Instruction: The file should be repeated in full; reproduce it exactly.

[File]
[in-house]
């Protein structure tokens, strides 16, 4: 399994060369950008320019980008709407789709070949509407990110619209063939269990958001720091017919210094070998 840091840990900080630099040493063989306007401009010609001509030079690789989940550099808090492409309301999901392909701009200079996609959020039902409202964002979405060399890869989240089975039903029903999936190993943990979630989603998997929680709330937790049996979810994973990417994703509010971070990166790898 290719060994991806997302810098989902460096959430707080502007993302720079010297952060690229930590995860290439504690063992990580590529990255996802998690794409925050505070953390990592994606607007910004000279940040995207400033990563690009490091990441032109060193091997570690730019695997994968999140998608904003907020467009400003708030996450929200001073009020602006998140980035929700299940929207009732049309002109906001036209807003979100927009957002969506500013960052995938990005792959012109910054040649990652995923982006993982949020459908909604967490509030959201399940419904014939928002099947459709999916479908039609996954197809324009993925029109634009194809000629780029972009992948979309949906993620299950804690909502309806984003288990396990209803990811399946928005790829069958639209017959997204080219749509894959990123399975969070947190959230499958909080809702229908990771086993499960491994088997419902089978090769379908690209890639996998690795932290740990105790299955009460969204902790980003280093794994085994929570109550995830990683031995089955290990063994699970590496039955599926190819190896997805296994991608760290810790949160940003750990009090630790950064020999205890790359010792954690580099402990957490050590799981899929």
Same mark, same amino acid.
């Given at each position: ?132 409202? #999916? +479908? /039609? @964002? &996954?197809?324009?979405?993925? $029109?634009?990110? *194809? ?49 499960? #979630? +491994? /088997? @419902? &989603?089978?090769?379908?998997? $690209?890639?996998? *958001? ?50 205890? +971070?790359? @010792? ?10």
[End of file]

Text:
[in-house]
């Protein structure tokens, strides 16, 4: 399994060369950008320019980008709407789709070949509407990110619209063939269990958001720091017919210094070998 840091840990900080630099040493063989306007401009010609001509030079690789989940550099808090492409309301999901392909701009200079996609959020039902409202964002979405060399890869989240089975039903029903999936190993943990979630989603998997929680709330937790049996979810994973990417994703509010971070990166790898 290719060994991806997302810098989902460096959430707080502007993302720079010297952060690229930590995860290439504690063992990580590529990255996802998690794409925050505070953390990592994606607007910004000279940040995207400033990563690009490091990441032109060193091997570690730019695997994968999140998608904003907020467009400003708030996450929200001073009020602006998140980035929700299940929207009732049309002109906001036209807003979100927009957002969506500013960052995938990005792959012109910054040649990652995923982006993982949020459908909604967490509030959201399940419904014939928002099947459709999916479908039609996954197809324009993925029109634009194809000629780029972009992948979309949906993620299950804690909502309806984003288990396990209803990811399946928005790829069958639209017959997204080219749509894959990123399975969070947190959230499958909080809702229908990771086993499960491994088997419902089978090769379908690209890639996998690795932290740990105790299955009460969204902790980003280093794994085994929570109550995830990683031995089955290990063994699970590496039955599926190819190896997805296994991608760290810790949160940003750990009090630790950064020999205890790359010792954690580099402990957490050590799981899929």
Same mark, same amino acid.
């Given at each position: ?132 409202? #999916? +479908? /039609? @964002? &996954?197809?324009?979405?993925? $029109?634009?990110? *194809? ?49 499960? #979630? +491994? /088997? @419902? &989603?089978?090769?379908?998997? $690209?890639?996998? *958001? ?50 205890? +971070?790359? @010792? ?10």